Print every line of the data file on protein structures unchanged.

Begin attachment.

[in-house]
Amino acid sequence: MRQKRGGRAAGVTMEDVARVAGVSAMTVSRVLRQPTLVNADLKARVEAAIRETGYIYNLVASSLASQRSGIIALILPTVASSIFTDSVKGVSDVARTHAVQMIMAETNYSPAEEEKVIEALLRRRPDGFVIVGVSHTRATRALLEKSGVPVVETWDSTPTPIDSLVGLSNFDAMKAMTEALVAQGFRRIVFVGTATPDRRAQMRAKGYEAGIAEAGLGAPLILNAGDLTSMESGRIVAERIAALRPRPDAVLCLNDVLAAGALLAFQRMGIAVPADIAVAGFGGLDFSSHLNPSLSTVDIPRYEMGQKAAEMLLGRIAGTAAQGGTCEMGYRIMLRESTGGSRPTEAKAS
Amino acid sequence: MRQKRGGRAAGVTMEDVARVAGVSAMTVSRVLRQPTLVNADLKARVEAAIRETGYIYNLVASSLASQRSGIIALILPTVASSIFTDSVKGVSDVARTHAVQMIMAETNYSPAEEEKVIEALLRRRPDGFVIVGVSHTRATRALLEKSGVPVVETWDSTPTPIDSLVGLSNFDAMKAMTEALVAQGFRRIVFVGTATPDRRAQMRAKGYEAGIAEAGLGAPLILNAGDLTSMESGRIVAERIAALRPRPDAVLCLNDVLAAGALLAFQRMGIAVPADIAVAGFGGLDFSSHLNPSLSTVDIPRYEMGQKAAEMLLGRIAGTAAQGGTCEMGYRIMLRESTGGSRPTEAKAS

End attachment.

[in-house]
Amino acid sequence: MRQKRGGRAAGVTMEDVARVAGVSAMTVSRVLRQPTLVNADLKARVEAAIRETGYIYNLVASSLASQRSGIIALILPTVASSIFTDSVKGVSDVARTHAVQMIMAETNYSPAEEEKVIEALLRRRPDGFVIVGVSHTRATRALLEKSGVPVVETWDSTPTPIDSLVGLSNFDAMKAMTEALVAQGFRRIVFVGTATPDRRAQMRAKGYEAGIAEAGLGAPLILNAGDLTSMESGRIVAERIAALRPRPDAVLCLNDVLAAGALLAFQRMGIAVPADIAVAGFGGLDFSSHLNPSLSTVDIPRYEMGQKAAEMLLGRIAGTAAQGGTCEMGYRIMLRESTGGSRPTEAKAS
Amino acid sequence: MRQKRGGRAAGVTMEDVARVAGVSAMTVSRVLRQPTLVNADLKARVEAAIRETGYIYNLVASSLASQRSGIIALILPTVASSIFTDSVKGVSDVARTHAVQMIMAETNYSPAEEEKVIEALLRRRPDGFVIVGVSHTRATRALLEKSGVPVVETWDSTPTPIDSLVGLSNFDAMKAMTEALVAQGFRRIVFVGTATPDRRAQMRAKGYEAGIAEAGLGAPLILNAGDLTSMESGRIVAERIAALRPRPDAVLCLNDVLAAGALLAFQRMGIAVPADIAVAGFGGLDFSSHLNPSLSTVDIPRYEMGQKAAEMLLGRIAGTAAQGGTCEMGYRIMLRESTGGSRPTEAKAS